The inner wall (A) of the fort encircles the summit-area of the knoll, a tilted plateau measuring 185' x 140' which falls 24' from NW to SE in a series of low rocky terraces. The wall measures 12' - 14' in thickness at the base and is of stone construction throughout, the core being solidly packed with stones and faced on both sides with boulders. The entrance coincides with a natural gully cutting into the ESE margin of the plateau and measures 12' in width. The interior exhibits no trace of primary dwellings, but a secondary occupation is indicated by the presence, partly in the inner edge of the debris of the wall, of four stony rings (1-4) and a fragment of another (5), representing the foundations of houses measuring internally 17' in diameter. What may be the remains of another similar house (6) occupy one of the natural terraces.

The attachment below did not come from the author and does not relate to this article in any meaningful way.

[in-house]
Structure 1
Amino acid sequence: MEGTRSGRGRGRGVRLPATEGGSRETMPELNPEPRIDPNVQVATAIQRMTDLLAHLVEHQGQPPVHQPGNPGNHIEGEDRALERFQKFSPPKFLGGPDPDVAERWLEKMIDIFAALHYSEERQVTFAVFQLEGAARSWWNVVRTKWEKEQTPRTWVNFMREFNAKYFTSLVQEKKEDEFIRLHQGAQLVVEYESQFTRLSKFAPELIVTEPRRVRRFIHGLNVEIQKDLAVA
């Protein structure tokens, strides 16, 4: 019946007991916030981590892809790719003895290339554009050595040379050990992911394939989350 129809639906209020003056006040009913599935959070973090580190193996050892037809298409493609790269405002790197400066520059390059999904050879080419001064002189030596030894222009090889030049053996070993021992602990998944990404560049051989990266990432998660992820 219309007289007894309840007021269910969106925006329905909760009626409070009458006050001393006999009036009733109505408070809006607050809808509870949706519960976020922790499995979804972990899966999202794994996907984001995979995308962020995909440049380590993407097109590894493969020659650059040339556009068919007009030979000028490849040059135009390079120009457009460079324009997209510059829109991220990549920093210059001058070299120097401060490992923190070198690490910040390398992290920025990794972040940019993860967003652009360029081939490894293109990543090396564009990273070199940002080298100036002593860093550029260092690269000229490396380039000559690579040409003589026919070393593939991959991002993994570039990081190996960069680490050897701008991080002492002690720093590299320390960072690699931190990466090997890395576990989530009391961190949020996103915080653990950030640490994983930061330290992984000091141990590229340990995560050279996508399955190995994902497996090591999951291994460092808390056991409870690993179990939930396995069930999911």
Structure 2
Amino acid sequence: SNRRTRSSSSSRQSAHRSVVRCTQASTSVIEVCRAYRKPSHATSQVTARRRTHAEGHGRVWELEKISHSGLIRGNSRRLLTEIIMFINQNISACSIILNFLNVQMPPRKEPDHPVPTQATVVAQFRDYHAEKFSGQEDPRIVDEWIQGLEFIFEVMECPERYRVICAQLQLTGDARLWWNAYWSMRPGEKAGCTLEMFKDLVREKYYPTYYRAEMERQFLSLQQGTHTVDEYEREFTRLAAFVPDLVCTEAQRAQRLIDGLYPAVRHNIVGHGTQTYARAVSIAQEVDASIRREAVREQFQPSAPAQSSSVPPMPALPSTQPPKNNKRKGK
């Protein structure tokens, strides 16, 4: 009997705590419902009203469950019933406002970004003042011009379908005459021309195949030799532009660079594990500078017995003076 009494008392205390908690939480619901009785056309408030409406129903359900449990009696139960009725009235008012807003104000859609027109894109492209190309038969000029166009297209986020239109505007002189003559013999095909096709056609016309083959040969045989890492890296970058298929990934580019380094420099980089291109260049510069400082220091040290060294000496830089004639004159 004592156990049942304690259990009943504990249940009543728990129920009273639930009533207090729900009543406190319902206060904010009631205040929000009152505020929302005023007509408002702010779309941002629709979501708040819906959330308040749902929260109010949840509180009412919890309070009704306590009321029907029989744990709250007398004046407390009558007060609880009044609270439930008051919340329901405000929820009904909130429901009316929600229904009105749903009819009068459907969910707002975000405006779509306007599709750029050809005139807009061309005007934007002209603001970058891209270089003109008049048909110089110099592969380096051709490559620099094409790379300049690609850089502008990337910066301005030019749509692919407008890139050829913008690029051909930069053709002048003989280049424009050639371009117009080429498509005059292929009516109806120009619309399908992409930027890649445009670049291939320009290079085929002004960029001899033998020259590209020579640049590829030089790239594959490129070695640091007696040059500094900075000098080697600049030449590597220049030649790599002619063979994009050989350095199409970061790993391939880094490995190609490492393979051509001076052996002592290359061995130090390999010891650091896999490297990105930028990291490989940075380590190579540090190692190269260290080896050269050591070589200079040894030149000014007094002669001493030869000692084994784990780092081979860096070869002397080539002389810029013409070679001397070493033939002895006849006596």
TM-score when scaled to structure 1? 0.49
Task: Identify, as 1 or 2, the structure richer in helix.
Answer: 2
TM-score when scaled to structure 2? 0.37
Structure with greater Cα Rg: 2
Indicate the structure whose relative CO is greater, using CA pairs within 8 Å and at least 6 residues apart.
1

The outer wall (B), which is similar in construction to A and measures about 12' in thickness, lies close to the base of the knoll. On the SW, where the distance between the two walls reaches a maximum of 100', an intrusive oval drystone foundation, measuring internally 23' x 18', impinges upon the inner margin of the debris of B. Erosion and stone-robbing have virtually obliterated the NE sector of B in which the main entrance, linked by an inclined pathway to A, was situated. A second entrance, on the N, set at a right angle to B, gives access to the space between the two walls.